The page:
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On Rhythm: In Sentences

A Craft Short

from:

Annie Penfield

On Rhythm: Every Sentence Has Its Own

I ride horses, always have. Everything I know about how to raise children, or survive school, comes from my life with horses. So it was only natural I would turn to horses to teach me about writing. Horses—their movement and response—would help me build sentences, pace my prose, find the rhythm of my words.

Rhythm is the foundation of good riding. Clint McCown told me, “The difference between bad writing and good writing is rhythm.” If I can control a horse’s rhythm, surely I can wrangle nouns and verbs.

Rhythm is regularity. Although a steady beat would seem to suggest static writing—the antithesis of our goal to engage the reader—instead, a steady beat creates energy and establishes authority. It collects the attention of the reader. As I ride to a jump, I use my position to balance, or punctuate, in order to maintain the energy and create the correct cadence. In his essay, “What We Talk about When We Talk about Flow,” David Jauss writes that when the author employs the correct cadence for a paragraph, we trust him for the rest of the story. So instead of letting my sentences run away with me, I study the structure, count the beats, use syntax to balance, punctuate, and construct a tight sentence. Philip Graham told me: you don’t want your reader skimming; you want to maintain the energy of your sentence with each word.

Rhythm is the footfall of the horse. So I considered the footfalls of my words by setting them to the beat of my horse. I did this by reading my work aloud while riding. Each gait had a different impact on the sentences because each gait has a different tempo. The walk was too slow and the trot too quick. I picked up the three-beat canter and read for about one sentence, before I had a steering issue and lost control of the horse. End of exercise.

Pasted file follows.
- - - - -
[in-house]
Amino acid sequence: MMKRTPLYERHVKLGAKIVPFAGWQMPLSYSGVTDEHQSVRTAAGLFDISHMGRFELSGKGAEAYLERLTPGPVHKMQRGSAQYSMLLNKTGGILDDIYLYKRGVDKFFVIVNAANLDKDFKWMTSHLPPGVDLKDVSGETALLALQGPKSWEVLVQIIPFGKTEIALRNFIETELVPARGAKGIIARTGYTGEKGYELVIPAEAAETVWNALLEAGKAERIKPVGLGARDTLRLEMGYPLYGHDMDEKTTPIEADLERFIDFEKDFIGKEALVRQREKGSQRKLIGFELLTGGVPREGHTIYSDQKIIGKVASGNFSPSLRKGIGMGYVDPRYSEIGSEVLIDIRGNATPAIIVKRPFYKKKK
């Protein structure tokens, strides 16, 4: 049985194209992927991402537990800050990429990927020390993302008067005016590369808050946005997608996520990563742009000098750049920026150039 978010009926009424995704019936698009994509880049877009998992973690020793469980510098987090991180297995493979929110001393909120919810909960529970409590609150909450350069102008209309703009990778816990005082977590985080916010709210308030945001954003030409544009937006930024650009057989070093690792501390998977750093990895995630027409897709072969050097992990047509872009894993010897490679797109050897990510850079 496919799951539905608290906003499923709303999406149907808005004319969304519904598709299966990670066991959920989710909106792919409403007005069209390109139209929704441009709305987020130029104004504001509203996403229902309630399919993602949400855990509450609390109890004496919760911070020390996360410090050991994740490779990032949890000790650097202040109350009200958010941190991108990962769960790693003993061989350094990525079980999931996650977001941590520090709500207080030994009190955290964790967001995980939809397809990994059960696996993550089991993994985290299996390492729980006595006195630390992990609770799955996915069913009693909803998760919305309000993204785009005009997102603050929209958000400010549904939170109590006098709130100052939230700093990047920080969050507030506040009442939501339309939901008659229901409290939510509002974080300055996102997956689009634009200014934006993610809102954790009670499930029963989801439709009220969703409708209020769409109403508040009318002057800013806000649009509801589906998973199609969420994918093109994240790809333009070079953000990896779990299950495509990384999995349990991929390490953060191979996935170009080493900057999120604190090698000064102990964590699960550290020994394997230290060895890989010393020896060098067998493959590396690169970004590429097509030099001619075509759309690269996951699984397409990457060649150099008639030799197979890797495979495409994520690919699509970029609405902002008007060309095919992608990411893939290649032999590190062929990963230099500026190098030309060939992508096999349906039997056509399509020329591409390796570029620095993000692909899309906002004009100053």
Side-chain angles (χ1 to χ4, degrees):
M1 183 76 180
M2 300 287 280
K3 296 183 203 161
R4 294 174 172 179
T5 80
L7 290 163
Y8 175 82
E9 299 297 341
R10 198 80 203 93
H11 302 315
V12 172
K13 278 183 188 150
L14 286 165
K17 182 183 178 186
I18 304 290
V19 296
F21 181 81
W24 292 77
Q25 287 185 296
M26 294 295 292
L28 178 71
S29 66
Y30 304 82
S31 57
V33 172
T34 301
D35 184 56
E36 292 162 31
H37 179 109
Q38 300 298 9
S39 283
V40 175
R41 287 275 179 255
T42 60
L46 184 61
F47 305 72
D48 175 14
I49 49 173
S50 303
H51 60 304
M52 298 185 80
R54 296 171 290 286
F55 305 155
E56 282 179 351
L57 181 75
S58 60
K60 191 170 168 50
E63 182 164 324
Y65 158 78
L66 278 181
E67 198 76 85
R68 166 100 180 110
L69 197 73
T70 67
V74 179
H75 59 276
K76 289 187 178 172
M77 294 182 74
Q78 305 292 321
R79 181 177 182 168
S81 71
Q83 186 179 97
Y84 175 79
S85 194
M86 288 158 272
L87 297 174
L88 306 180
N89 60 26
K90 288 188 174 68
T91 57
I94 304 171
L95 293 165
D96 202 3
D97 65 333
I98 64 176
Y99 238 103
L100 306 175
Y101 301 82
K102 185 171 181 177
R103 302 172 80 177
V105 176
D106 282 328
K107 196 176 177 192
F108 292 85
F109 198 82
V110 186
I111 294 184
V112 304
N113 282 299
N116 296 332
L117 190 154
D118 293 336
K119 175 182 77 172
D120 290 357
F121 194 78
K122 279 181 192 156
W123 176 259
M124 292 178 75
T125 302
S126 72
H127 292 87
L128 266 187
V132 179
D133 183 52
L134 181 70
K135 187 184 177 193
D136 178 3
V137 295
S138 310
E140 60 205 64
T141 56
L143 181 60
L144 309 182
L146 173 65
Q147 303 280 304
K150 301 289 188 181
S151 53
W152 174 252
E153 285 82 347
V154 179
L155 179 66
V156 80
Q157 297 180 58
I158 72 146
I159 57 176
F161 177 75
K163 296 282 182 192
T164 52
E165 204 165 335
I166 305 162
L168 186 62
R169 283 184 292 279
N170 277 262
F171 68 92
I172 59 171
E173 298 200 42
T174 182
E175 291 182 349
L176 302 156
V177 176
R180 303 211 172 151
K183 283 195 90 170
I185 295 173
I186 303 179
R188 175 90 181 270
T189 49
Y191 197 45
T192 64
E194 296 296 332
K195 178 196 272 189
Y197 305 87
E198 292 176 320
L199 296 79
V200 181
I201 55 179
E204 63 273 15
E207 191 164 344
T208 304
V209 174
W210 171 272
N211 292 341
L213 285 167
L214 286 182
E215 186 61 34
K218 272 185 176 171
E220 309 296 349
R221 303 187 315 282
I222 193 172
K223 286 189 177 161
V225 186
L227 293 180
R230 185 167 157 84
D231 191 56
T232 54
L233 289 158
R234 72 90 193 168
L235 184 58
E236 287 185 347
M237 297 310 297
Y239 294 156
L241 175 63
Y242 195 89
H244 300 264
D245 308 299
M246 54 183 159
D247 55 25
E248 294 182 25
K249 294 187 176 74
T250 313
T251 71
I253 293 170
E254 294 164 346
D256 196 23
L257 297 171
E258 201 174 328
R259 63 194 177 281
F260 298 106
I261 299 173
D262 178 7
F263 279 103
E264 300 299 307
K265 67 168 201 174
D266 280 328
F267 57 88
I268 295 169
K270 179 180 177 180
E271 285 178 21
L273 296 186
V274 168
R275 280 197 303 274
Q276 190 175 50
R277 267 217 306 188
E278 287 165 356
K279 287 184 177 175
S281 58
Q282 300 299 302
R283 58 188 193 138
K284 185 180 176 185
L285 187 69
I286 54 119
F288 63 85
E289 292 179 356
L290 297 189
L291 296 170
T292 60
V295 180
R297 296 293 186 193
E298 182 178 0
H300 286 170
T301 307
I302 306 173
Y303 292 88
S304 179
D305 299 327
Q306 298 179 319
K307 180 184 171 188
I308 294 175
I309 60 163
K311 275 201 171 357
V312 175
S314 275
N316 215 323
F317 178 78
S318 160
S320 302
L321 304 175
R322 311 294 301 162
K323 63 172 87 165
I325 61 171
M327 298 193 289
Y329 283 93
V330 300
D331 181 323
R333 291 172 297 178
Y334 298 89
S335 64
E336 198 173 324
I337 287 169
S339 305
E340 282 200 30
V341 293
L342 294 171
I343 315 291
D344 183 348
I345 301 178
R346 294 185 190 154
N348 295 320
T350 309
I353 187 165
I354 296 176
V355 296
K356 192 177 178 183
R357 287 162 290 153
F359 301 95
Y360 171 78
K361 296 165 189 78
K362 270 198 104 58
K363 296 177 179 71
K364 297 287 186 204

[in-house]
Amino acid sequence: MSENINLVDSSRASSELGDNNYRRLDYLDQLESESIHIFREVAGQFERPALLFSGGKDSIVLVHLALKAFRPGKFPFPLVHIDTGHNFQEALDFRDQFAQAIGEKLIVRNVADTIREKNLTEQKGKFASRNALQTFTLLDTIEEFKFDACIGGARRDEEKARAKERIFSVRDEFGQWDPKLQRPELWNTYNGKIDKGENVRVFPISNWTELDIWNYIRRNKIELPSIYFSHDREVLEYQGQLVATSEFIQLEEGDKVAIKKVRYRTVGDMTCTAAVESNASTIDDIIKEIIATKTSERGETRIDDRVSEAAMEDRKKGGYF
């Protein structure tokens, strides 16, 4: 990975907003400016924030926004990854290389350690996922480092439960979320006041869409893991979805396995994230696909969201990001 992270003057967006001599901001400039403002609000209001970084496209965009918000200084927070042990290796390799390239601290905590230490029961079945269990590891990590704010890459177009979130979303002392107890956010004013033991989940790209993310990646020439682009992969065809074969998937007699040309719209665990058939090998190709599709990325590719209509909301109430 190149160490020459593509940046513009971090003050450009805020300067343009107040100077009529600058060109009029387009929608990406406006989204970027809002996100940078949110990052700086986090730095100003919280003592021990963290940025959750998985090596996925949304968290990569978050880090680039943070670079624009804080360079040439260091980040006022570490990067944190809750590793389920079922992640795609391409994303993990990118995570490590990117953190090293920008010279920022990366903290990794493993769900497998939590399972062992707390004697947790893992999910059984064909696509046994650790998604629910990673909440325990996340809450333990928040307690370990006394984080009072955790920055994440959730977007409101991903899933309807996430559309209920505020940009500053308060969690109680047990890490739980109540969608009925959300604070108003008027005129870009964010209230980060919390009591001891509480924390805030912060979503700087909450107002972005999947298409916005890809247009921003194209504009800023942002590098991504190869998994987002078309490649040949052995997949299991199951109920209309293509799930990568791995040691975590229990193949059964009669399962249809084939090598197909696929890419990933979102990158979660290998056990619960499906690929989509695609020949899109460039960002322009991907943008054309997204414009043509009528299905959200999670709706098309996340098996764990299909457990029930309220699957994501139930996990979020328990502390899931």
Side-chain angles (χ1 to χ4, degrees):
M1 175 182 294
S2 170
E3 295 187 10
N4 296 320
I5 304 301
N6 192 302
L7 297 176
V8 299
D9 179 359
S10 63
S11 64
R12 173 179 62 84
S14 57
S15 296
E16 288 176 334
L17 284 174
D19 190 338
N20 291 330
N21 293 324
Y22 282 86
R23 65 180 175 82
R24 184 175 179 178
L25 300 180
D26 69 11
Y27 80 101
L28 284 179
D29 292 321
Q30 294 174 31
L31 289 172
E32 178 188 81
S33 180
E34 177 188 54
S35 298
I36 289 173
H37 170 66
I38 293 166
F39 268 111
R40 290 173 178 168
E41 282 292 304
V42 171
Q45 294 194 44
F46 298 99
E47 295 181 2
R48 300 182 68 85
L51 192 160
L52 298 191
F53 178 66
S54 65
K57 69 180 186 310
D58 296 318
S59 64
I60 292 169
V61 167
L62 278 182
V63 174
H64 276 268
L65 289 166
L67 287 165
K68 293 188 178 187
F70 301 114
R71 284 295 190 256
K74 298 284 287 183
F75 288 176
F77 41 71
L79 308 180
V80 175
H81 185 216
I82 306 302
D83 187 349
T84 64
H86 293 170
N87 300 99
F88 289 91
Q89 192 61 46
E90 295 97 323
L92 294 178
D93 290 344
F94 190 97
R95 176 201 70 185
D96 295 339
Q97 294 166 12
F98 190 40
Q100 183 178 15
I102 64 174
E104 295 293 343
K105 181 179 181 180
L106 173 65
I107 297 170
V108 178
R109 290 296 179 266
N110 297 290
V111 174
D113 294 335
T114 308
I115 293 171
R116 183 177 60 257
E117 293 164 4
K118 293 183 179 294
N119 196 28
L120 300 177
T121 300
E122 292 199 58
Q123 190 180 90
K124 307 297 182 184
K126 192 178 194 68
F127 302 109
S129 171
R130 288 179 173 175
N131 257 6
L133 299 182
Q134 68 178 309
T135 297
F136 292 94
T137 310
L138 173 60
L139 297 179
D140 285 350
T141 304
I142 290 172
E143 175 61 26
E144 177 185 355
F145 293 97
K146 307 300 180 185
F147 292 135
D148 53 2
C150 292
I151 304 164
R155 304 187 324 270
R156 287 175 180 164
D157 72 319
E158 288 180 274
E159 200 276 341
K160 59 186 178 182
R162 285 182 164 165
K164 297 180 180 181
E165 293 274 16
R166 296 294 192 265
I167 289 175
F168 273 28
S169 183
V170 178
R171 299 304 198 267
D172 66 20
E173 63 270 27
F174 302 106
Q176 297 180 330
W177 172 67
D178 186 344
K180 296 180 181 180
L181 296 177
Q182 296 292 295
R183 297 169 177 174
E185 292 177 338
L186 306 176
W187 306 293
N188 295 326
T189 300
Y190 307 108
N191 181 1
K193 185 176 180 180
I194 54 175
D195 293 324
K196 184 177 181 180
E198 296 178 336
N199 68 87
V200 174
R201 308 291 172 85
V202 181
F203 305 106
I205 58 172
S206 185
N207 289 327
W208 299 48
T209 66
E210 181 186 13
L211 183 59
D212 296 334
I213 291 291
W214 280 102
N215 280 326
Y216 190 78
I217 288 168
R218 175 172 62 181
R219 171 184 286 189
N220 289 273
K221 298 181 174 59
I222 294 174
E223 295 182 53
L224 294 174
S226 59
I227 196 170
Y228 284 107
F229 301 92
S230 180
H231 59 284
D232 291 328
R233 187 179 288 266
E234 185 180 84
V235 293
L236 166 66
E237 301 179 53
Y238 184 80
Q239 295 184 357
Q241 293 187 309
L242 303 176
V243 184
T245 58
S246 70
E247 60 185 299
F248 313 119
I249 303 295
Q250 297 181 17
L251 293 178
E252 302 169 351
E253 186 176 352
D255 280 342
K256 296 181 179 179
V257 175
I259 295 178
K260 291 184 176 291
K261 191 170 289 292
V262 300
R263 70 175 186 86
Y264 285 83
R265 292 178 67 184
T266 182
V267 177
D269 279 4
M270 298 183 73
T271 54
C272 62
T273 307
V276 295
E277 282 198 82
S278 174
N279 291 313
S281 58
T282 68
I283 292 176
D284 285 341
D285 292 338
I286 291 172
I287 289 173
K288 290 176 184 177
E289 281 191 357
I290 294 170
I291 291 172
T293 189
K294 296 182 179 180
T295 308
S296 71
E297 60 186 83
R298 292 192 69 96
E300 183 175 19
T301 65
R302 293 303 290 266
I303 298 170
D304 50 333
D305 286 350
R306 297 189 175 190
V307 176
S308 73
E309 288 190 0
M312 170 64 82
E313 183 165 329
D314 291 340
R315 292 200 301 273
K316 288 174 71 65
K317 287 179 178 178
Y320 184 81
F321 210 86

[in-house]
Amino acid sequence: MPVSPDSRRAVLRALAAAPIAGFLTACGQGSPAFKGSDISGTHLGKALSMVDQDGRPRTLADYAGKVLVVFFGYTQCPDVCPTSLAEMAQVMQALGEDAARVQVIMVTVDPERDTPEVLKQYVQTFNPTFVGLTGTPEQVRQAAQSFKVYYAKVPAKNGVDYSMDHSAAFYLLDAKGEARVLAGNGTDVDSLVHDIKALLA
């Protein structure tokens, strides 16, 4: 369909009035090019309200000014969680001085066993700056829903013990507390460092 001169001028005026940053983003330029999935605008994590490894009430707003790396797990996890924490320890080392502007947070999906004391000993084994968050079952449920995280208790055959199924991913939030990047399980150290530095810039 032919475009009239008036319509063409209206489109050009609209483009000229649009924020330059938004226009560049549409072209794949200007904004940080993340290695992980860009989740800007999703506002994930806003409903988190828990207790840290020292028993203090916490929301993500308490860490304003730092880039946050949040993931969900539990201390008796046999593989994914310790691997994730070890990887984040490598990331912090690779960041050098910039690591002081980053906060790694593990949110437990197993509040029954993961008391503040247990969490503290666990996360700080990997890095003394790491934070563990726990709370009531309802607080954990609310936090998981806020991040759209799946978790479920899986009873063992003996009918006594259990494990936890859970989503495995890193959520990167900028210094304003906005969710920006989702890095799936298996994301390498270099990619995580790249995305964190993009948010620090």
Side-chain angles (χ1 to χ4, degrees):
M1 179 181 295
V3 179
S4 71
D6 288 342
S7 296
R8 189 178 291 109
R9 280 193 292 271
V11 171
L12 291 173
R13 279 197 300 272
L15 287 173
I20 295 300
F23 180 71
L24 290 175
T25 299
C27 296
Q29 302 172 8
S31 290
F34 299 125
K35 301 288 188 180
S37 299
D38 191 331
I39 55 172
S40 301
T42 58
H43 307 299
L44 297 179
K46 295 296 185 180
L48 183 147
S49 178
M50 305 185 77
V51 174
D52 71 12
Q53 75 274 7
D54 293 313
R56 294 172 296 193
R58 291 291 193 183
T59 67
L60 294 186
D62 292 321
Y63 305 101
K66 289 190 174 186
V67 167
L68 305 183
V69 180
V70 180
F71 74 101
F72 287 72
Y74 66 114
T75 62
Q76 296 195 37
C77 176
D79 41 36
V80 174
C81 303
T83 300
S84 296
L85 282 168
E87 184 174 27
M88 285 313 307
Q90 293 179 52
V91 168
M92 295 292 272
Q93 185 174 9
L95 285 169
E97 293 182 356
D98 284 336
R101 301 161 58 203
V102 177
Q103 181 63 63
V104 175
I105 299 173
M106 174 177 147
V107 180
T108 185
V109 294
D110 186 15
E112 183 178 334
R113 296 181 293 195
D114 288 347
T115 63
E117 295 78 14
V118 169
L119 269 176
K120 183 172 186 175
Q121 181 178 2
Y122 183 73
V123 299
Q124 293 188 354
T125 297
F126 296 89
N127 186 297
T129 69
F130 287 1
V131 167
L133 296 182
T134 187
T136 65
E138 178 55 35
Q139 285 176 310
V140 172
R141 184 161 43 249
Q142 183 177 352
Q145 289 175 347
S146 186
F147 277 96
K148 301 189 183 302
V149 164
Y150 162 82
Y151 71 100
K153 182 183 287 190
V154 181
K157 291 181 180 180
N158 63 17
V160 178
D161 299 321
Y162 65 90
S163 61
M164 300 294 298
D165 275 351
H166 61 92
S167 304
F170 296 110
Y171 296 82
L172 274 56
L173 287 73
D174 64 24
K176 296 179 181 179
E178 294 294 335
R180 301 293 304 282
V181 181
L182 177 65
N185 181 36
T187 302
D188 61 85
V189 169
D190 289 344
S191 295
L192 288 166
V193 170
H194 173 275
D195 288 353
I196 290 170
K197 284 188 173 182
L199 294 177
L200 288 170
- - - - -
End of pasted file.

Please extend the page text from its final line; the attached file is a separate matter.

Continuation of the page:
What did I learn from this experience? That reading while riding was a cumbersome process and I would be safer to use a metronome at home in an armchair. What else I learned was surprisingly—embarrassingly—simple but perhaps only learned by doing. The words moved out of my head and into my body. I began to think more intently about tempo.  If I wanted to keep a regular beat I had to reconsider the placement of the words in the sentence or choose a better sounding word. Here is where I heard the musicality of the sentence and heard what clunked. It was hard to dismiss the beat when I felt it in my whole body. Every sentence had its own rhythm.

Riding a horse is a partnership. I approach my horse the way I approach the page: with humility, open to discoveries, listening for the rhythm. I cannot force the horse any more than I can force the prose.

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Jauss, David. “What We Talk about When We Talk about Flow.” Alone with All that Could Happen. Cincinnati, Ohio: Writer’s Digest
Books, 2008.

~

Annie Penfield owns Strafford Saddlery and received her MFA from VCFA. She lives in Vermont with her husband and three children. To her dismay, she sometimes lets her words run away with her—her children and horses too.

~

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{ 2 comments… read them below or add one }

Jennifer Nelson February 5, 2013 at 8:06 pm

Wonderful essay. It made me think about my own essays and how they should be paced properly. Congratulations on the Fourth Genre award.
Best, Jennifer

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Annie October 24, 2011 at 8:29 am

I like the idea of “a harmonic is set up” and sometimes I struggle with the what sounds like the right harmony for a specific passage or fail to recognize when the harmony needs to change. So the “thrum” really helps with that process. Thanks Jenna!

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